2 nurses attacked at B.C. psych hospital, union calls for in-unit security

PHSA says that in-unit guards would do more harm than good

In the wake of two patient attacks on nurses at a B.C. psychiatric hospital within 10 days, the B.C. Nurses Union is calling for safety officers to be assigned to each unit.

According to the union, one nurse was assaulted on Aug. 5 and another on Aug. 13, resulting in “severe facial lacerations” and a “severe head injury” while working at the Coquitlam Forensic Psychiatric Hospital, according to union president Christine Sorensen.

“Both nurses were providing care within the max security unit at the time,” said Sorensen.

While she acknowledged that “these patients do have psychiatric conditions” and are the “most clinically difficult,” Sorensen said that “no injuries should take place for both patients and staff.”

READ MORE: Bitten-off fingers, thrown excrement: BC prison guard assaults on the rise

READ MORE: Staff member allegedly assaulted by patient at Colony Farms

Sorensen said that the union has been calling for increased in-unit security for a long time, noting that attacks like these are “not unusual for this facility.”

But the Provincial Health Services Authority (PHSA), which operates hospitals in B.C., said that they don’t believe having in-unit guards would help.

According to CEO of Complex Mental Health and Substance Use Connie Coniglio, in-unit guards can do more harm than good and lead to “more aggressive acts.”

“Our experiences in other jurisdiction is that it makes the patients more nervous, agitated and dangerous,” Coniglio said.

“Our focus is on how to promote healing for patients with severe and complex mental health issues. It’s a hospital, not a jail.”

Instead, nurses and other health care staff are trained in how to de-escalate violent situations.

In addition to mandated violence prevention training, staff are now being trained in a U.K.-style approach called “therapeutic and relational security.”

“They’re starting to implement it in Ontario,” Coniglio said.

“It is the next step in preventing and reducing violence in the environment.”

When it all does go south, Coniglio said, hospital operate on a Code White system.

By pressing a button, nurses can call for help.

“It brings all of the appropriate people to help: colleagues and security folks,” Coniglio said.

“People come immediately to the scene… from 30 seconds to one minute.”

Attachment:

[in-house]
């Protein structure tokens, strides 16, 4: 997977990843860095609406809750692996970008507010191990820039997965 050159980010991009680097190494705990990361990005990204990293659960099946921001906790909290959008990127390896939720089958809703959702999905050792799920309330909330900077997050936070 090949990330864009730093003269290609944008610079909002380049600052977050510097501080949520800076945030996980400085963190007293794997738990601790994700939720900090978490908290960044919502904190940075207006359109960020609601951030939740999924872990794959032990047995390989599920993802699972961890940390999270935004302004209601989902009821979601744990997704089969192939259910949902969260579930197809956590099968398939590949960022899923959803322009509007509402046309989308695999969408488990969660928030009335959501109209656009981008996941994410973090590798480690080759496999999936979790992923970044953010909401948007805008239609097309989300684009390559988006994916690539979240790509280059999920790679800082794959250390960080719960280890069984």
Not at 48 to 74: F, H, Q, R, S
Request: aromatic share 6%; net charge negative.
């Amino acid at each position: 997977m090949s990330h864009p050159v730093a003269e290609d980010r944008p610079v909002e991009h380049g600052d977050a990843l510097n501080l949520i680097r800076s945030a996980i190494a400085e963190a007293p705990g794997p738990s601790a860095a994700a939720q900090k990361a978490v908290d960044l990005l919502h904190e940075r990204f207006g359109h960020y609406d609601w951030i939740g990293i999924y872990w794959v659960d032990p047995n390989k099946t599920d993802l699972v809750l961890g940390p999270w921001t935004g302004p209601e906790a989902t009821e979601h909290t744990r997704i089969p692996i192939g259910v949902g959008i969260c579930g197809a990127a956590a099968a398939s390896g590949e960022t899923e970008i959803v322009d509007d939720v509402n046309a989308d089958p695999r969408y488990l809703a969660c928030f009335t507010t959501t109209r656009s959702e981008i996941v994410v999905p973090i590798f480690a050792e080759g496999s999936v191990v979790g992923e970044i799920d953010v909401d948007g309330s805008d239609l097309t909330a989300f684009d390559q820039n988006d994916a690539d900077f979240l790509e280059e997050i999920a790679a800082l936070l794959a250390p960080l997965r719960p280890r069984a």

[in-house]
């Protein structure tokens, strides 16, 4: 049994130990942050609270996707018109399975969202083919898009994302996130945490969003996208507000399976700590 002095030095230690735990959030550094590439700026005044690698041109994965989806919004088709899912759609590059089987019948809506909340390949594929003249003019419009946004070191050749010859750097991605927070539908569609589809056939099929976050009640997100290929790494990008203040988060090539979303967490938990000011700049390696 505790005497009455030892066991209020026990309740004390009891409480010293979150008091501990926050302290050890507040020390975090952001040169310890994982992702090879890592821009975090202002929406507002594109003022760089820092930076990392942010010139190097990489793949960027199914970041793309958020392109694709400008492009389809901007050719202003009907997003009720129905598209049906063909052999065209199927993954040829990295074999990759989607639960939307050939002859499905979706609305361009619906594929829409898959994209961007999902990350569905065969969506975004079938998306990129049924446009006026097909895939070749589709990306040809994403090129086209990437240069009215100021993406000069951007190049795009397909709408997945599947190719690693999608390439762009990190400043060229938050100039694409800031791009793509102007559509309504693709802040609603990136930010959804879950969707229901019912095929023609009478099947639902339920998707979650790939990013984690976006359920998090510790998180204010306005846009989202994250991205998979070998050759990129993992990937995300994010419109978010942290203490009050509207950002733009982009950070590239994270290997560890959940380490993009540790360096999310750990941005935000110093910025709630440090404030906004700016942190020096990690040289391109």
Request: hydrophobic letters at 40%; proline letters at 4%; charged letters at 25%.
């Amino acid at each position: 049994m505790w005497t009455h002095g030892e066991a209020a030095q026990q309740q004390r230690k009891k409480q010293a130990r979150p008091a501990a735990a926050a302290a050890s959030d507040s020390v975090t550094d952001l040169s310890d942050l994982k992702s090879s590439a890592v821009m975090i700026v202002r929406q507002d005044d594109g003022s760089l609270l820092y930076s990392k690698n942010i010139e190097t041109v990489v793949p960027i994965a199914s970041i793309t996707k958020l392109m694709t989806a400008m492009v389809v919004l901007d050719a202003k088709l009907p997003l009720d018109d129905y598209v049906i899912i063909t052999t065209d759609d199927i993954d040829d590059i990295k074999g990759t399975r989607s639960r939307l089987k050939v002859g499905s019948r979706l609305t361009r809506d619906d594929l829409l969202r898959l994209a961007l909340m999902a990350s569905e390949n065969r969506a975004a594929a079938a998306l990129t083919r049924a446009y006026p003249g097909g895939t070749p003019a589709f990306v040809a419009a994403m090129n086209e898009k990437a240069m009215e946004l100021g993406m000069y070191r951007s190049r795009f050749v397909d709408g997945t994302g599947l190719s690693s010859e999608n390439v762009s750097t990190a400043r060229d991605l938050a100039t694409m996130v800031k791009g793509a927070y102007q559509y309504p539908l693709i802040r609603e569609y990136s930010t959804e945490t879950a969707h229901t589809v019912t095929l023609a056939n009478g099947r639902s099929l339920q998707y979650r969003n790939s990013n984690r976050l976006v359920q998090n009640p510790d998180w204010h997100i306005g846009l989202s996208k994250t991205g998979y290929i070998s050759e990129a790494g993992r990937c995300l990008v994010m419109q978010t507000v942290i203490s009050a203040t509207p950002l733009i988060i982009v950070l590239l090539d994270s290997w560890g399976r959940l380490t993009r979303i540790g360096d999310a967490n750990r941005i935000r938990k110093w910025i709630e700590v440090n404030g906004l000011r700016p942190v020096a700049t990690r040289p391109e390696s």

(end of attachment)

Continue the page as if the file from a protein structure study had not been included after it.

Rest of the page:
But Sorensen said that some violence happens almost every day.

“Anecdotally, nurses report to us that they’re sworn at during every shift,” Sorenson said.

“They’re pinched or pushed or shoved, which is all inappropriate, and that happens every shift.”

Although neither the union nor the PHSA provided statistics, Coninglio said that assaults on nurses have decreased over the years.


@katslepian

katya.slepian@bpdigital.ca

Like us on Facebook and follow us on Twitter.

Just Posted

Suspected spill kills hundreds of crayfish, coho in Langley river

A fish kill in the Nicomekl has a biologist concerned for the health of the local ecosystem.

Rams harvest sweet victory in win over Huskers

The Chilliwack team found itself pushed back again and again.

WATCH: Cops for Cancer bring message of hope to Langley school

Young cancer survivors are traveling with the fundraising bike ride.

Langley venue of glass provides bright stage for charity art show

West Fine Arts Show runs Friday to Sunday at South Langley’s Glass House Estate Winery.

Driver of pickup stolen from Langley crashes into car in Abbotsford

No serious injuries in collision on Monday night

B.C. RCMP turn to Const. Scarecrow to shock speeders into slowing down

New addition will watch over drivers from a Coquitlam median for first-of-its-kind pilot in Canada

Aldergrove soccer forward enjoys scoring spree

UFV Cascades’ Jhaj named Canada West second star of the week

B.C. home to 1/3 of Canada’s overdose deaths in first 3 months of the year

There were 1,036 overdose deaths in the first three months of the year, with 94 per cent accidental

B.C. candidate moves from hospice care to council race

He beat terminal cancer twice and entered hospice when he decided to run for council.

Canadian tobacco exec pushes back against vaping health concerns

A warning from Interior Health about the unknown health risks of vaping is getting a partial rebuke

New ‘meowyoral’ race featuring felines announced by B.C. animal shelter

Organizers hope the cat election will generate attention for shelter and local municipal election

Ministry of Agriculture commits $300,000 to help B.C. farmers obtain land

B.C. Land Matching Program supports access to affordable farmland for young farmers

Lower Mainland city calls for slower trains near popular beach

Surrey Mayor Linda Hepner said ‘it’s the least we can do’

Most Read